Tuesday, January 28, 2014

Interview in Professional Sound: The Lack of Meaningful Loudspeaker & Headphone Specs

Last October,  I was in Toronto giving a presentation to the local AES section on the perception and measurement of headphones. After the talk, I sat down with Mike Raine from  Professional Sound for an interview. Some of what we discussed is summarized in this article called Sound Advice.

The theme of article is a recurring one that I've discussed before in this blog (see "The Science and Marketing of Sound Quality" and "What Loudspeaker Specifications are Relevant to Sound Quality?").  The bottom line is that the loudspeaker and headphone industry has utterly failed to provide consumers meaningful product specifications that indicate how truly good (or bad) the products sound. Read on to find out why.


  1. I wholeheartedly agree that detailed loudspeakers specifications (i.e. on-axis and off-axis frequency response graphs) are necessary to be able to objectively evaluate the performance of a loudspeaker. Without this data the consumer is completely blindfolded when shopping for these products. What's really sad is that, unfortunately, 99% of "consumer-oriented" speaker manufacturers do not provide this information. Even in the professional segment only a select few (e.g. Genelec) do. These are not good times for the home audio enthusiast.

    Since it is not possible for the consumer to understand what he's buying without this data, it is of course possible for manufacturers to easily sell bad speakers for outrageous prices, and I suspect this happens as a matter of course in consumer audio. There are some examples of that in Toole's book ("Sound reproduction: loudspeakers and rooms", chapter 18, pages 397-398).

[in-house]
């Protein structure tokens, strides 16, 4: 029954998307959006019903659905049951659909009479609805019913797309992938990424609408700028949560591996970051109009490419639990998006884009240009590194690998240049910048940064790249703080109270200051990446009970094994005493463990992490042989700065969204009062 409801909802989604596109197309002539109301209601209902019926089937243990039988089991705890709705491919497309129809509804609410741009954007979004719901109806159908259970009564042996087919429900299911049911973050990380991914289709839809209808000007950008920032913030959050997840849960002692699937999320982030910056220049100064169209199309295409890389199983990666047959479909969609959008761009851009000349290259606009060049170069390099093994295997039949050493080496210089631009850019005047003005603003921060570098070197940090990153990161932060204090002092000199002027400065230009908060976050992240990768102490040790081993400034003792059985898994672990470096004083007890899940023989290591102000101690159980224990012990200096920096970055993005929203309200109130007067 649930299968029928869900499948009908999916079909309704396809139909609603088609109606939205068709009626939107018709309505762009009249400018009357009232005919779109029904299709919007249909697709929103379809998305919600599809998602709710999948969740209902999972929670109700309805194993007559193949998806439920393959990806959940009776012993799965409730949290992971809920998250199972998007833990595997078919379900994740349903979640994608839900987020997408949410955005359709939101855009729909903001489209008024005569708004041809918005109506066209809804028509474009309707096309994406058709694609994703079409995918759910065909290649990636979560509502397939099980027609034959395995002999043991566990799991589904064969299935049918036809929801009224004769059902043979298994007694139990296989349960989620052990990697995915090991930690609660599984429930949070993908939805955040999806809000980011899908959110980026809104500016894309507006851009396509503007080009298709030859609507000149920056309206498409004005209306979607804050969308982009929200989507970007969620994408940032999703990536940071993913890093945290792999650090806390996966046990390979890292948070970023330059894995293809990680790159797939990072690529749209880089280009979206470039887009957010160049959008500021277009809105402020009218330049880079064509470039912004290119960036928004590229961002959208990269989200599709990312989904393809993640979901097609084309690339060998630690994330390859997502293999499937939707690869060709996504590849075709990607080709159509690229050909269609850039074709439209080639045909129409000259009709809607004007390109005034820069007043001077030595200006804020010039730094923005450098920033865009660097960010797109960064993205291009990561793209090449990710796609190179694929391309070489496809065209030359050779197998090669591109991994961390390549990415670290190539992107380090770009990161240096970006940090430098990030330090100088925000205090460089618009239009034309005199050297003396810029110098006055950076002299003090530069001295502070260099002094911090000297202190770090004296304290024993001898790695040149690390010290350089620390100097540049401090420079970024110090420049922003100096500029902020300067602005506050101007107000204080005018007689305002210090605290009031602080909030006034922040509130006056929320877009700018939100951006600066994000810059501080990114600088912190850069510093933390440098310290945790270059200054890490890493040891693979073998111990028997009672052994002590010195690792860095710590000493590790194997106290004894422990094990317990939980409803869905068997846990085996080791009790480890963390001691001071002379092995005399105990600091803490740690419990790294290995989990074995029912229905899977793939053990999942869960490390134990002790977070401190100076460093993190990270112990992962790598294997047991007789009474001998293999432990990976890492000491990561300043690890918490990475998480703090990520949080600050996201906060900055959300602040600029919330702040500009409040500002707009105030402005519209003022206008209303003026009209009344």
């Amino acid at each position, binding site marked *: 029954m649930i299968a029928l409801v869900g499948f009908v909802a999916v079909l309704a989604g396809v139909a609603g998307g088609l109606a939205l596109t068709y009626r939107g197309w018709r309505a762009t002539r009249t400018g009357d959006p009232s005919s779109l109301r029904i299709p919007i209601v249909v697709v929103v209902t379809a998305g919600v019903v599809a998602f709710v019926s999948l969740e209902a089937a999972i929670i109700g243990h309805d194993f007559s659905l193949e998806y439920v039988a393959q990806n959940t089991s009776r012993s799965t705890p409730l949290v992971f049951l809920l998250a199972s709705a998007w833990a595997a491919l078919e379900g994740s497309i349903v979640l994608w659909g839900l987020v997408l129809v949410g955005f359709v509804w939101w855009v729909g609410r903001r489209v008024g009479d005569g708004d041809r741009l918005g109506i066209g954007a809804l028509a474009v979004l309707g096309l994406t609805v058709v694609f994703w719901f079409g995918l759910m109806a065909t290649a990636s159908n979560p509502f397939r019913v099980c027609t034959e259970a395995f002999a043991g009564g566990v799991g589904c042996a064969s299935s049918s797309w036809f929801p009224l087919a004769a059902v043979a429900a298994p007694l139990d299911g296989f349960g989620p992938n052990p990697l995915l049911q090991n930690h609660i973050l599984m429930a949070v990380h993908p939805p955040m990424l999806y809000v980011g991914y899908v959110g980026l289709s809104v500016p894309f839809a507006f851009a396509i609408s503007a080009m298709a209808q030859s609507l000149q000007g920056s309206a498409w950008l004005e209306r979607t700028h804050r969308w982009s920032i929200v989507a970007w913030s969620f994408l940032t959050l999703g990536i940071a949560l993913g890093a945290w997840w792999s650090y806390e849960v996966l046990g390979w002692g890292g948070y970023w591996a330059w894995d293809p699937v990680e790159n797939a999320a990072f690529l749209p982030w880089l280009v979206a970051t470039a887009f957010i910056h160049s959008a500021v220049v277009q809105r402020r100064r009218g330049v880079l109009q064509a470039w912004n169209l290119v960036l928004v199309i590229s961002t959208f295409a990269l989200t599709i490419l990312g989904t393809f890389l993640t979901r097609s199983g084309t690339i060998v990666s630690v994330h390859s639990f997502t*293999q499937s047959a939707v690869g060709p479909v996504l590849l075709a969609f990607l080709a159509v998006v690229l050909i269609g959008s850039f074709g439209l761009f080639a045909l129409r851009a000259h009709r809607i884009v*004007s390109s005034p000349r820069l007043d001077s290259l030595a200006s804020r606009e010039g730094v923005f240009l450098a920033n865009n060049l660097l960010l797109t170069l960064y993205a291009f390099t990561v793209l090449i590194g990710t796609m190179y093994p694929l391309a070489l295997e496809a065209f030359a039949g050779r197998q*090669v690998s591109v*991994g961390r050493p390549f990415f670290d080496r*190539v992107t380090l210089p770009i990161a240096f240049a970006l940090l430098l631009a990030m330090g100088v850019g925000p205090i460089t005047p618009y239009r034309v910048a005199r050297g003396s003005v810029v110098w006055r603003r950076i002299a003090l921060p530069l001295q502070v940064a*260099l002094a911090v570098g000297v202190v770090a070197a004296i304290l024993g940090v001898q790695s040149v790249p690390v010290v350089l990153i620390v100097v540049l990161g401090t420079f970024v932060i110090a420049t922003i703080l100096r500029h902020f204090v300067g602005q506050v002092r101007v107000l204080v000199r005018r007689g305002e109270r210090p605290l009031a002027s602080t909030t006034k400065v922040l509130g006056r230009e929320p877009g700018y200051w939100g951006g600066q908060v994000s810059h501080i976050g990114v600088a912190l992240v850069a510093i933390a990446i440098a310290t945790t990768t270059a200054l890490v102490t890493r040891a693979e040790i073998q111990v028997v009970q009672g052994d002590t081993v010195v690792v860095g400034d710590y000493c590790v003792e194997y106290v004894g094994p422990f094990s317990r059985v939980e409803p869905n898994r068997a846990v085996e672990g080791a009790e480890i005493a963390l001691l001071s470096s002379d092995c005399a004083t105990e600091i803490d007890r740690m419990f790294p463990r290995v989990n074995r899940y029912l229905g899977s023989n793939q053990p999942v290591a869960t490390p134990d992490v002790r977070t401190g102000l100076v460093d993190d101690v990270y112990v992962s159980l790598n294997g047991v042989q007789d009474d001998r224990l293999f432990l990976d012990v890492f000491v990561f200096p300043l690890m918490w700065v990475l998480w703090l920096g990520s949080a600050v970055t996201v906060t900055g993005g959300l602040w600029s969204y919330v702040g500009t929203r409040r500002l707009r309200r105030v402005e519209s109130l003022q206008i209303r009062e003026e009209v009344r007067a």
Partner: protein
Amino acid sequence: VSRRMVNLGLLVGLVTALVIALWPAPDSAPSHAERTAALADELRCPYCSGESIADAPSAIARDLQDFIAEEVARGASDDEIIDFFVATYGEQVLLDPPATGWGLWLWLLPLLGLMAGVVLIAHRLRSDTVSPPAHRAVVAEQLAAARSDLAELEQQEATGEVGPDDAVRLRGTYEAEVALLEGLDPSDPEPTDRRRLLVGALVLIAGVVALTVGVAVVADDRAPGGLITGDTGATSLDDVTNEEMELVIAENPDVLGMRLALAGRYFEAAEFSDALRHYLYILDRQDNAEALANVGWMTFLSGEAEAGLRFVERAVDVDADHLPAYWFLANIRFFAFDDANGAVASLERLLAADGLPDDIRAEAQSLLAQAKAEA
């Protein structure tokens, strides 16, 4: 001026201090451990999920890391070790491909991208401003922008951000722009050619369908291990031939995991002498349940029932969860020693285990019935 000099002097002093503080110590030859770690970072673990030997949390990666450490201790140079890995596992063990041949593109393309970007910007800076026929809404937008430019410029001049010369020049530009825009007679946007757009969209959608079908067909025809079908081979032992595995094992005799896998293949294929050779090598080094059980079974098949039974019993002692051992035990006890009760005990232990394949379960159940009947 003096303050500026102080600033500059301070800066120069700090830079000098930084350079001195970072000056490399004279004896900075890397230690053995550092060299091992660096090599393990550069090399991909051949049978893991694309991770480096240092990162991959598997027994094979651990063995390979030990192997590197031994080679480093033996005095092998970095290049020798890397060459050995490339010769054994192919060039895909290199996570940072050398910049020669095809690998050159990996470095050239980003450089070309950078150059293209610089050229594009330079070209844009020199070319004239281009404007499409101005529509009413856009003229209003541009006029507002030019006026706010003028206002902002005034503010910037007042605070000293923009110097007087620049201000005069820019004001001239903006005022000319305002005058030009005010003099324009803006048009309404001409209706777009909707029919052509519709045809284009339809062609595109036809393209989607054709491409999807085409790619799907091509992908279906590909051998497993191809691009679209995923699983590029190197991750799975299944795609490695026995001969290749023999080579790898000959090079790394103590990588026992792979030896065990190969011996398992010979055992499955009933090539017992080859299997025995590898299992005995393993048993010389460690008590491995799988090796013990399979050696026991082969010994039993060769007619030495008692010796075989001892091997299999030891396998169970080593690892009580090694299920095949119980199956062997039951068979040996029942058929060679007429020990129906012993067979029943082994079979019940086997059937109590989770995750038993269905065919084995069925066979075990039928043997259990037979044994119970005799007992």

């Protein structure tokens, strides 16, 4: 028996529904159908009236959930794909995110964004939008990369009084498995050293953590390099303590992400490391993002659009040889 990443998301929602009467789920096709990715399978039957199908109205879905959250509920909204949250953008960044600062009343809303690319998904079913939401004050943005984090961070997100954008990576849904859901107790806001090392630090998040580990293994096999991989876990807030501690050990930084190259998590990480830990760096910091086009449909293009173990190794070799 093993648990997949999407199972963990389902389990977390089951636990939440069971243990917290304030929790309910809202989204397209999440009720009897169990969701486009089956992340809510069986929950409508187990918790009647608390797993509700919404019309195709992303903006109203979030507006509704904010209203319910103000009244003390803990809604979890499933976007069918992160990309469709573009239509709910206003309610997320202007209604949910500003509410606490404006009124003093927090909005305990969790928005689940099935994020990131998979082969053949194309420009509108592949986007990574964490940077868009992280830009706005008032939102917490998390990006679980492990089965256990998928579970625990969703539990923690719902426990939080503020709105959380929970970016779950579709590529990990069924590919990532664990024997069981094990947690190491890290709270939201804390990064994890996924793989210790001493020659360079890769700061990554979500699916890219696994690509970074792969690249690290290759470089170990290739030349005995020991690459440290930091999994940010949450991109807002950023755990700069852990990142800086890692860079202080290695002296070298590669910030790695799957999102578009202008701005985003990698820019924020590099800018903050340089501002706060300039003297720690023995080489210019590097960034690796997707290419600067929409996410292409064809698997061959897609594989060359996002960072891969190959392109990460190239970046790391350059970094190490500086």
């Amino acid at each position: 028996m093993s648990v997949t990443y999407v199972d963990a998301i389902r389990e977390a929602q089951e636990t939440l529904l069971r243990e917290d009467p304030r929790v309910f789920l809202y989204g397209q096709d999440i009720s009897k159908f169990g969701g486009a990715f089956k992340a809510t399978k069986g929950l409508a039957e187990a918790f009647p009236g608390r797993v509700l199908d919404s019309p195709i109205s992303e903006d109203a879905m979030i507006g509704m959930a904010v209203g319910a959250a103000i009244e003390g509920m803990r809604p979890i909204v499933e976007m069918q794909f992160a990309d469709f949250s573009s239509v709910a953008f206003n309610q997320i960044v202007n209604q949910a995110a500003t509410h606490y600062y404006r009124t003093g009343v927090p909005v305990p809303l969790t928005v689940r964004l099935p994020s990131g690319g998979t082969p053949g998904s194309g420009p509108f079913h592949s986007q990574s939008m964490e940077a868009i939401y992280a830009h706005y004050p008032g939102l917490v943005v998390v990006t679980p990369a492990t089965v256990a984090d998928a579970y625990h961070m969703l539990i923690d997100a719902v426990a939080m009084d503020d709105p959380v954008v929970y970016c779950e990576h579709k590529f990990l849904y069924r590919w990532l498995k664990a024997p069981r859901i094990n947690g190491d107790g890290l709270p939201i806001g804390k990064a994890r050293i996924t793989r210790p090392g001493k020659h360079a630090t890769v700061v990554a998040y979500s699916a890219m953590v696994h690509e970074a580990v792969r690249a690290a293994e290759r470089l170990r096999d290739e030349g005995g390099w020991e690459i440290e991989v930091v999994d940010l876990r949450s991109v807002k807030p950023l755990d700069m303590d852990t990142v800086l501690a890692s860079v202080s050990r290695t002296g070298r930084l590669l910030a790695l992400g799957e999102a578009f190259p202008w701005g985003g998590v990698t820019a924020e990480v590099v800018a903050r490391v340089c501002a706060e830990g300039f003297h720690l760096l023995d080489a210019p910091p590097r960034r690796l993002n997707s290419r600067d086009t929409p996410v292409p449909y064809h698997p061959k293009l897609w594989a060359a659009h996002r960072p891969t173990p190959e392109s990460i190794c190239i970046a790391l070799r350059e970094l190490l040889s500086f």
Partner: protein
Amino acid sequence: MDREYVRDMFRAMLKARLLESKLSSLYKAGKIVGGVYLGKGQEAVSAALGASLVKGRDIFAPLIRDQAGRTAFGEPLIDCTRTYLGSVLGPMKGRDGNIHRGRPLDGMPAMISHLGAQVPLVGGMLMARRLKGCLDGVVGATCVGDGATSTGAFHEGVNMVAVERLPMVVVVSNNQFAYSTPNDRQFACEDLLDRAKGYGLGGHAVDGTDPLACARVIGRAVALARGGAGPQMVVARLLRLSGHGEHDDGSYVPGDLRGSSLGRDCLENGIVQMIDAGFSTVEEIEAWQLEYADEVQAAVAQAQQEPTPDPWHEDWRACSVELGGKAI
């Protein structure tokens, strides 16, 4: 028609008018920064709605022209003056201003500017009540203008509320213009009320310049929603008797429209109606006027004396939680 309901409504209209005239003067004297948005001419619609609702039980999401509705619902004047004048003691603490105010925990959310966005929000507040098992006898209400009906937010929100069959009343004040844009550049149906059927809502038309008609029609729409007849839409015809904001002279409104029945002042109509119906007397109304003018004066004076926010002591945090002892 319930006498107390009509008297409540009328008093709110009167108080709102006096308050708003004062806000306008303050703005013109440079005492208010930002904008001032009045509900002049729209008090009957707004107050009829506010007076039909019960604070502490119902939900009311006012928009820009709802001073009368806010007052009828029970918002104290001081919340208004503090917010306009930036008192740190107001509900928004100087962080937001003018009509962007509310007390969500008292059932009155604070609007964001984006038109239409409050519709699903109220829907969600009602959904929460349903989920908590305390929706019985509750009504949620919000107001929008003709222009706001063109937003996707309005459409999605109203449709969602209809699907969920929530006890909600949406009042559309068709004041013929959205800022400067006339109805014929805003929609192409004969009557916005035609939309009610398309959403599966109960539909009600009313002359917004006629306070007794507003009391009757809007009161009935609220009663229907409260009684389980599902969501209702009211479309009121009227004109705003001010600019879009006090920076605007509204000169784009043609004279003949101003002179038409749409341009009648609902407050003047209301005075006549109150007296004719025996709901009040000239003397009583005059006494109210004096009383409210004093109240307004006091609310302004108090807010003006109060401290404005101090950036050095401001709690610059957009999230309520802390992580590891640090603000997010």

Sean: while I applaud your push for more specs, it is saddening to see that even Harman, a manufacturer which definitely knows better since you're working for them (and Toole was as well), doesn't seem to get it either. Harman owns JBL, Infinity and Harman/Kardon. None of them provides any detailed specifications for any of their loudspeakers. The only exception to the rule is *some* (not all) of the speakers from JBL Professional, such as the LSR4300 and LSR6300 series. I'm not sure that will last however as their latest additions (the M2 and Series 3 monitors) do not come with detailed specs, so they are actually taking steps backwards!

    As far as I know, Toole and you did a ton of research *for* Harman in the area of loudspeaker measurements and linking them to listener preference. It stands to reason that Harman used this research to design their speakers. Thus I'm guessing that Harman's speakers (at least the latest ones) measure very well with respect to the metrics that your research identified as important (on-axis and off-axis frequency response). Then WHY on earth are they not using these measurements as selling points? It makes no sense to me. They certainly already made the measurements while designing the speakers, so it costs them nothing to add the graph to the speaker's PDF spec sheet. Worst case the consumer won't understand the graph and will just ignore it, best case it will make him realize that he doesn't have to buy his speakers blindfolded if he buys them from Harman. There's a lot of incentive to do this and virtually no downsides. Yet they seem to prefer perpetuating the statu quo. Beats me. I wouldn't be surprised if there was a strong disconnect between Harman's engineering and marketing sides (left hand, right hand, etc.).